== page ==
Bible Focus: Exodus 1-4
After a long time, the king of Egypt died. The Israelites groaned because of their difficult labor, they cried out, and their cry for help because of the difficult labor ascended to God. God heard their groaning, and God remembered his covenant with Abraham, with Isaac, and with Jacob. God saw the Israelites, and God knew.Exodus 2:23-25 CSB
One of the paradoxes of our hyper-connected modern life is our tendency to feel alone. These days, we have more options to personally interact with more people in more ways than at any previous time in history. However, these options have not automatically helped us develop deeper, more meaningful relationships. Instead, the opposite is true: by having so many superficial relationships available to us, it’s even more possible to live our life without being deeply known by anyone.
Some might claim to like it that way. After all, deep relationships are messy. They consume our time, pull on our emotions, and require constant work in this current fallen world. Deep relationships are costly.
But deep relationships are also what make life worth living. We all long to be understood, appreciated, and loved. And whether we admit it or not, we want someone to miss us when we are not around, and notice us when we’re having trouble.
Our relational nature didn’t come to us by accident. God designed us to be deeply relational because he is deeply relational. And even though walking closely with God may seem intimidating (and even a bit scary), the most meaningful experience we can have is to truly know the God who wants to have a deep relationship with us.
The people of Israel came from the line of Abram, who was later renamed Abraham. God promised Abraham that he would bring from him a great nation that would bless the whole world (Genesis 12:1-3). God passed those promises to Abraham’s son Isaac, then to Isaac’s son Jacob, who was later renamed Israel.
Israel had twelve sons, and one of these sons, Joseph, became the supreme ruler under Pharaoh in Egypt. Then the entire Israelite clan came to live in Egypt, where they prospered and multiplied. But Joseph eventually died and the Egyptian rulers eventually forgot about him, and they eventually started using Israelites as slave laborers. But when the Israelites continued to multiply, the Pharaoh of that time tried to control the Israelite expansion by making it illegal to let a male Hebrew infant live.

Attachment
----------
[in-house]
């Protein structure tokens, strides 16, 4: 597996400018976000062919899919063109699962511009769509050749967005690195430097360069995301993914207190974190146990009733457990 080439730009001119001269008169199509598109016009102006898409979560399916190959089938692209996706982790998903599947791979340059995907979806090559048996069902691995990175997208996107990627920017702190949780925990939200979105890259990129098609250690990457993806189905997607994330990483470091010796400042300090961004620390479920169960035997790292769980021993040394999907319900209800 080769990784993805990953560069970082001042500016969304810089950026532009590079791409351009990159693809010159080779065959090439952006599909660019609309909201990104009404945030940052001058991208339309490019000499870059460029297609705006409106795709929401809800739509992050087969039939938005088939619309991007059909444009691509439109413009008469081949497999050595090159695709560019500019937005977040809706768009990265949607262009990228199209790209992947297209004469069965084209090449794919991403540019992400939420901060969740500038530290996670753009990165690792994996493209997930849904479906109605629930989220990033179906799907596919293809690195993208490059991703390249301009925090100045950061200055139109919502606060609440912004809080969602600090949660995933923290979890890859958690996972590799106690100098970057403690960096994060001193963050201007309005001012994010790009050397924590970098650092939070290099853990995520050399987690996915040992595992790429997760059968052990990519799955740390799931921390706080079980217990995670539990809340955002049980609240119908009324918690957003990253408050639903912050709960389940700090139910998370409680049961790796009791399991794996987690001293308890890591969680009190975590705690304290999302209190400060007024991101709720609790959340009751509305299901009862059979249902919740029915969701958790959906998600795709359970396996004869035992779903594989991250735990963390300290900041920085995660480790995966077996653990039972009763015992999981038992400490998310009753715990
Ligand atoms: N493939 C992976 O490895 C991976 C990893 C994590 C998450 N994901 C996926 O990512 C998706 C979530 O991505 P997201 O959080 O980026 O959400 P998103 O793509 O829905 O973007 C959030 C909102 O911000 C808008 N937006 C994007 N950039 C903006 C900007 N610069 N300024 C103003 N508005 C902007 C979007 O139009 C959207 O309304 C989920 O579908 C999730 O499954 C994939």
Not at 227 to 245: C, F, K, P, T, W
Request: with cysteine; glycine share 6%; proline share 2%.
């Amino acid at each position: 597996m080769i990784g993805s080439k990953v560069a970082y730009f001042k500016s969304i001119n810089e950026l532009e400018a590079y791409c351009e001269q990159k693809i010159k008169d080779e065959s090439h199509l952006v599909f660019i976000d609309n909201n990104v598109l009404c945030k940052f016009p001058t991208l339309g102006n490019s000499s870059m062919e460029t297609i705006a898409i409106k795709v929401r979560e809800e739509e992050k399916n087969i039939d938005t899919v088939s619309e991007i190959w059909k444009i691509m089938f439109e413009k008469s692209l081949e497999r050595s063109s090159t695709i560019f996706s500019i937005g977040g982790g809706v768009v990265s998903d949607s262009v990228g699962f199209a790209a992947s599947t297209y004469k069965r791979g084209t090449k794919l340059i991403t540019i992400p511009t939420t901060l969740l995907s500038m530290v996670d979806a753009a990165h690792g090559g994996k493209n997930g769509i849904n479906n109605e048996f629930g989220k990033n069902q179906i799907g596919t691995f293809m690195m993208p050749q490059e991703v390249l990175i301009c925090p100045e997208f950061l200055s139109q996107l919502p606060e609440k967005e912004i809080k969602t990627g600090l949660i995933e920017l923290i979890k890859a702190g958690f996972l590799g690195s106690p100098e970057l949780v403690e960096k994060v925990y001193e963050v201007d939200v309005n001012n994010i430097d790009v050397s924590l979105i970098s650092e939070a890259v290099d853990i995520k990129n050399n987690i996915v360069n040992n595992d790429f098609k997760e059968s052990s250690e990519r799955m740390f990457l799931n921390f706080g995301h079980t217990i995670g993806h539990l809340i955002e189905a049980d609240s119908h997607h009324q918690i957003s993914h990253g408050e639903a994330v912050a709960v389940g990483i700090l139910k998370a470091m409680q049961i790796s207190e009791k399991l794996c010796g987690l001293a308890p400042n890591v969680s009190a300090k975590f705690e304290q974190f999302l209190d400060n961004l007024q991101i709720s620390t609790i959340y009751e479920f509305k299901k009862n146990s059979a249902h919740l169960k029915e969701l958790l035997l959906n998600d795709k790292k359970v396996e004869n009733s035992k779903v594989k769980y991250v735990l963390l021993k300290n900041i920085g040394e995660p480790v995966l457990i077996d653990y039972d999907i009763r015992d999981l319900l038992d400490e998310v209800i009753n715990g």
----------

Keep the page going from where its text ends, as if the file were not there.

Moses was born into this intensely oppressive environment. He could have easily been killed shortly after he was born. Instead, Moses was adopted by a daughter of Pharaoh and grew up in the royal household. But he was still aware of his Hebrew heritage, and when he was a young man, he deliberately killed an Egyptian who was beating a fellow Hebrew. When Moses’ crime became known, Moses had to flee Egypt and live in Midian, where he married and had a son.
And then one day, as Moses was tending the flock of his father-in-law, he noticed a bush that appeared to be burning continually. As he turned to examine it, God spoke to Moses out of the bush.
When the LORD saw that he had gone over to look, God called out to him from the bush, “Moses, Moses!”
“Here I am,” he answered.
“Do not come closer,” he said. “Remove the sandals from your feet, for the place where you are standing is holy ground.” Then he continued, “I am the God of your father, the God of Abraham, the God of Isaac, and the God of Jacob.” Moses hid his face because he was afraid to look at God.
Then the LORD said, “I have observed the misery of my people in Egypt, and have heard them crying out because of their oppressors. I know about their sufferings, and I have come down to rescue them from the power of the Egyptians and to bring them from that land to a good and spacious land, a land flowing with milk and honey—the territory of the Canaanites, Hethites, Amorites, Perizzites, Hivites, and Jebusites. So because the Israelites’ cry for help has come to me, and I have also seen the way the Egyptians are oppressing them, therefore, go. I am sending you to Pharaoh so that you may lead my people, the Israelites, out of Egypt.”Exodus 3:4-10 CSB
If we believe that God exists, then at some point we will probably wrestle with whether God really sees what’s going on in our life and whether he really cares about our trouble and pain. We might even wonder if he really wants to be involved in our life and whether he wants to guide us forward into our best possible future. We might want to believe that the answer to all those questions is “yes,” but how can we really know?
There’s really only one way we can know. God must first reveal himself and invite us to know him, and then we must turn to God and trust him. When Moses first met God, he literally heard God speaking to him out of a burning bush. But we probably won’t experience God that way, because he has given us something much more accessible: the Bible. The Bible is God’s written Word, and his Spirit speaks through it. The Bible teaches us how to truly know God, and it tells us what we truly need from God–the good news of Jesus Christ.
But sometimes we might feel afraid to look too closely at the Bible. It’s a large and complicated book, and let’s be honest, there’s a lot of strange stuff in there. We might fear that we won’t be able to understand what we are reading. Or we might fear that we would understand too much, and then we’d be on the hook for something God wants us to do.
But if we have such fears, then we’d be in fair company. Moses dealt with those fears too. He didn’t always understand what God was telling him, and he definitely wrestled with obeying God at times. But he did not ignore God, and God kept inviting Moses to know him, trust him, and obey him. In the same way, if we want to genuinely know God, then we won’t ignore the Bible. We’ll find a way to read it, meditate on it, and get to know the God that it talks about.
Featured image by Cristofer Maximilian on Unsplash.